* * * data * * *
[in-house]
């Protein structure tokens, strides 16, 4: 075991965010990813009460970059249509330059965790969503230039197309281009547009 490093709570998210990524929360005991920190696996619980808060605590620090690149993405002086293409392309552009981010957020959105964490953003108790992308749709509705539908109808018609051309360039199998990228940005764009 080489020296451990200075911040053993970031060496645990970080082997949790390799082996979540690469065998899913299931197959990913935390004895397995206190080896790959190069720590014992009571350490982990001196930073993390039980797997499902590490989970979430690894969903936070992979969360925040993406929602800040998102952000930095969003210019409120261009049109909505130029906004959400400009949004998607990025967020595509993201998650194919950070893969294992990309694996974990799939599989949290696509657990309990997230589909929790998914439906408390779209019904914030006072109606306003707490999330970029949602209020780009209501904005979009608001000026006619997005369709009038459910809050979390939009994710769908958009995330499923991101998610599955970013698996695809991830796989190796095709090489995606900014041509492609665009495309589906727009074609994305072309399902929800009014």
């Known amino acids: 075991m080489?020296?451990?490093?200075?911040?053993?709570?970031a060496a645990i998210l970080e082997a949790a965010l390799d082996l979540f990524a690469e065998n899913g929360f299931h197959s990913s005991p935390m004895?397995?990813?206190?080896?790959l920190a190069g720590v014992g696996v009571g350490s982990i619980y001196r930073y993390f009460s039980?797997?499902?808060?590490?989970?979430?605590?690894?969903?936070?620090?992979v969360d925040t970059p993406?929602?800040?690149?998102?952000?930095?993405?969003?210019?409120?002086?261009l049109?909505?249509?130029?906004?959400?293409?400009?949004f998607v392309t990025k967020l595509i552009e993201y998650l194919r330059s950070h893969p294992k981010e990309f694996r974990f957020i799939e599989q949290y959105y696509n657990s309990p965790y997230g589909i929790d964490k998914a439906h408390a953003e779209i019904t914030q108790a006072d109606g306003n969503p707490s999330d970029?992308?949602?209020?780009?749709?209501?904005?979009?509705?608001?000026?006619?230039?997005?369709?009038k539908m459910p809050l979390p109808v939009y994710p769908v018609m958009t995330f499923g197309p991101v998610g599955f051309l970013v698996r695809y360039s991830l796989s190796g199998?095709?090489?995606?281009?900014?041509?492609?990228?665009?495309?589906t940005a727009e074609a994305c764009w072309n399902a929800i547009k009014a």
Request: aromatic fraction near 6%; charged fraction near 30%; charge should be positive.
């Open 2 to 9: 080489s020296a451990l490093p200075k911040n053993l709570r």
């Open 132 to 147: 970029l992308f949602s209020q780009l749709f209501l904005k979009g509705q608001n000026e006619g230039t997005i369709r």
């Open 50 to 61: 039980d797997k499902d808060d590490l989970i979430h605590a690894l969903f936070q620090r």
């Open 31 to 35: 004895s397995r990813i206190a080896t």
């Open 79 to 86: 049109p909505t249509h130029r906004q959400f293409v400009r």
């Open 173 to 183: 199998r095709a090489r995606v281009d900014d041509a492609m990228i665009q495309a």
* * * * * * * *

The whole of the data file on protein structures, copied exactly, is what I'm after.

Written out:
[in-house]
């Protein structure tokens, strides 16, 4: 075991965010990813009460970059249509330059965790969503230039197309281009547009 490093709570998210990524929360005991920190696996619980808060605590620090690149993405002086293409392309552009981010957020959105964490953003108790992308749709509705539908109808018609051309360039199998990228940005764009 080489020296451990200075911040053993970031060496645990970080082997949790390799082996979540690469065998899913299931197959990913935390004895397995206190080896790959190069720590014992009571350490982990001196930073993390039980797997499902590490989970979430690894969903936070992979969360925040993406929602800040998102952000930095969003210019409120261009049109909505130029906004959400400009949004998607990025967020595509993201998650194919950070893969294992990309694996974990799939599989949290696509657990309990997230589909929790998914439906408390779209019904914030006072109606306003707490999330970029949602209020780009209501904005979009608001000026006619997005369709009038459910809050979390939009994710769908958009995330499923991101998610599955970013698996695809991830796989190796095709090489995606900014041509492609665009495309589906727009074609994305072309399902929800009014």
């Known amino acids: 075991m080489?020296?451990?490093?200075?911040?053993?709570?970031a060496a645990i998210l970080e082997a949790a965010l390799d082996l979540f990524a690469e065998n899913g929360f299931h197959s990913s005991p935390m004895?397995?990813?206190?080896?790959l920190a190069g720590v014992g696996v009571g350490s982990i619980y001196r930073y993390f009460s039980?797997?499902?808060?590490?989970?979430?605590?690894?969903?936070?620090?992979v969360d925040t970059p993406?929602?800040?690149?998102?952000?930095?993405?969003?210019?409120?002086?261009l049109?909505?249509?130029?906004?959400?293409?400009?949004f998607v392309t990025k967020l595509i552009e993201y998650l194919r330059s950070h893969p294992k981010e990309f694996r974990f957020i799939e599989q949290y959105y696509n657990s309990p965790y997230g589909i929790d964490k998914a439906h408390a953003e779209i019904t914030q108790a006072d109606g306003n969503p707490s999330d970029?992308?949602?209020?780009?749709?209501?904005?979009?509705?608001?000026?006619?230039?997005?369709?009038k539908m459910p809050l979390p109808v939009y994710p769908v018609m958009t995330f499923g197309p991101v998610g599955f051309l970013v698996r695809y360039s991830l796989s190796g199998?095709?090489?995606?281009?900014?041509?492609?990228?665009?495309?589906t940005a727009e074609a994305c764009w072309n399902a929800i547009k009014a």
Request: aromatic fraction near 6%; charged fraction near 30%; charge should be positive.
């Open 2 to 9: 080489s020296a451990l490093p200075k911040n053993l709570r």
């Open 132 to 147: 970029l992308f949602s209020q780009l749709f209501l904005k979009g509705q608001n000026e006619g230039t997005i369709r």
């Open 50 to 61: 039980d797997k499902d808060d590490l989970i979430h605590a690894l969903f936070q620090r």
């Open 31 to 35: 004895s397995r990813i206190a080896t």
């Open 79 to 86: 049109p909505t249509h130029r906004q959400f293409v400009r």
């Open 173 to 183: 199998r095709a090489r995606v281009d900014d041509a492609m990228i665009q495309a």